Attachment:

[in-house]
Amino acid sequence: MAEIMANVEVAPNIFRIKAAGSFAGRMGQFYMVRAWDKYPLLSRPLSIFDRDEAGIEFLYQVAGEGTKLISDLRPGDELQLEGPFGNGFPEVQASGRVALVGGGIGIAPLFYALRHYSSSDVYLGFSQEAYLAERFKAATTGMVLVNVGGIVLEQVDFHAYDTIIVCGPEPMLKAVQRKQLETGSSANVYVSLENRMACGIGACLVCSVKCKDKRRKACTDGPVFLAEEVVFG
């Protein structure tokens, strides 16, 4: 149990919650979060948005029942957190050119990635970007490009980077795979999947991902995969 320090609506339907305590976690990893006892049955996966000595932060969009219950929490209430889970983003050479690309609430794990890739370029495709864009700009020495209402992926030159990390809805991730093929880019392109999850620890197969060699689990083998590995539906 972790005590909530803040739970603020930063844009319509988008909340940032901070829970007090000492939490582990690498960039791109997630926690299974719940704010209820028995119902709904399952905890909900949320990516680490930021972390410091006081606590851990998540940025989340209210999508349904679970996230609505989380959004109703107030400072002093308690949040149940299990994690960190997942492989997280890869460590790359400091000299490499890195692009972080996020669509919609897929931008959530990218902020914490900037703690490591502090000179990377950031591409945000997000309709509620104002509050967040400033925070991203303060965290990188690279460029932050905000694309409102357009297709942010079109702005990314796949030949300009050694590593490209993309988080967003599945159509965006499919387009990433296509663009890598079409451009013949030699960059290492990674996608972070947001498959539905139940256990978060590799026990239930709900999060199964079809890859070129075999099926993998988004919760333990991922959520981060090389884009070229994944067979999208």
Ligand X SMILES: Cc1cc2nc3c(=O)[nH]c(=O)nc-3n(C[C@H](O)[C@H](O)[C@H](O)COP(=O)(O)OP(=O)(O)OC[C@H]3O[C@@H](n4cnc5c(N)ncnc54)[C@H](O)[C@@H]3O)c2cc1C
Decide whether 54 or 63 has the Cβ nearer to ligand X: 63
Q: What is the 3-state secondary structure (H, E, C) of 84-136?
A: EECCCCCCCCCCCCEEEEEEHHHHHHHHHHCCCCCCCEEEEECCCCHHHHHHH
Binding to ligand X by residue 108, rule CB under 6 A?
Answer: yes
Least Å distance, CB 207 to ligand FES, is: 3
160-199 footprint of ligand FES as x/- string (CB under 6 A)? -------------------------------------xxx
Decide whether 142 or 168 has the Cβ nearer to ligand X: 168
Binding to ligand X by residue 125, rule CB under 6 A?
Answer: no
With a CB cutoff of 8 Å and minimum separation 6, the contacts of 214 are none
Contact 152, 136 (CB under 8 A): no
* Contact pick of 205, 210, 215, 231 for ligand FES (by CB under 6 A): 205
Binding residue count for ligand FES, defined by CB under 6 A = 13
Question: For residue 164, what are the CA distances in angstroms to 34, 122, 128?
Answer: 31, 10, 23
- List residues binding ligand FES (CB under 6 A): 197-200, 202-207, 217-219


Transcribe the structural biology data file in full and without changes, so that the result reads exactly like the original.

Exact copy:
[in-house]
Amino acid sequence: MAEIMANVEVAPNIFRIKAAGSFAGRMGQFYMVRAWDKYPLLSRPLSIFDRDEAGIEFLYQVAGEGTKLISDLRPGDELQLEGPFGNGFPEVQASGRVALVGGGIGIAPLFYALRHYSSSDVYLGFSQEAYLAERFKAATTGMVLVNVGGIVLEQVDFHAYDTIIVCGPEPMLKAVQRKQLETGSSANVYVSLENRMACGIGACLVCSVKCKDKRRKACTDGPVFLAEEVVFG
């Protein structure tokens, strides 16, 4: 149990919650979060948005029942957190050119990635970007490009980077795979999947991902995969 320090609506339907305590976690990893006892049955996966000595932060969009219950929490209430889970983003050479690309609430794990890739370029495709864009700009020495209402992926030159990390809805991730093929880019392109999850620890197969060699689990083998590995539906 972790005590909530803040739970603020930063844009319509988008909340940032901070829970007090000492939490582990690498960039791109997630926690299974719940704010209820028995119902709904399952905890909900949320990516680490930021972390410091006081606590851990998540940025989340209210999508349904679970996230609505989380959004109703107030400072002093308690949040149940299990994690960190997942492989997280890869460590790359400091000299490499890195692009972080996020669509919609897929931008959530990218902020914490900037703690490591502090000179990377950031591409945000997000309709509620104002509050967040400033925070991203303060965290990188690279460029932050905000694309409102357009297709942010079109702005990314796949030949300009050694590593490209993309988080967003599945159509965006499919387009990433296509663009890598079409451009013949030699960059290492990674996608972070947001498959539905139940256990978060590799026990239930709900999060199964079809890859070129075999099926993998988004919760333990991922959520981060090389884009070229994944067979999208």
Ligand X SMILES: Cc1cc2nc3c(=O)[nH]c(=O)nc-3n(C[C@H](O)[C@H](O)[C@H](O)COP(=O)(O)OP(=O)(O)OC[C@H]3O[C@@H](n4cnc5c(N)ncnc54)[C@H](O)[C@@H]3O)c2cc1C
Decide whether 54 or 63 has the Cβ nearer to ligand X: 63
Q: What is the 3-state secondary structure (H, E, C) of 84-136?
A: EECCCCCCCCCCCCEEEEEEHHHHHHHHHHCCCCCCCEEEEECCCCHHHHHHH
Binding to ligand X by residue 108, rule CB under 6 A?
Answer: yes
Least Å distance, CB 207 to ligand FES, is: 3
160-199 footprint of ligand FES as x/- string (CB under 6 A)? -------------------------------------xxx
Decide whether 142 or 168 has the Cβ nearer to ligand X: 168
Binding to ligand X by residue 125, rule CB under 6 A?
Answer: no
With a CB cutoff of 8 Å and minimum separation 6, the contacts of 214 are none
Contact 152, 136 (CB under 8 A): no
* Contact pick of 205, 210, 215, 231 for ligand FES (by CB under 6 A): 205
Binding residue count for ligand FES, defined by CB under 6 A = 13
Question: For residue 164, what are the CA distances in angstroms to 34, 122, 128?
Answer: 31, 10, 23
- List residues binding ligand FES (CB under 6 A): 197-200, 202-207, 217-219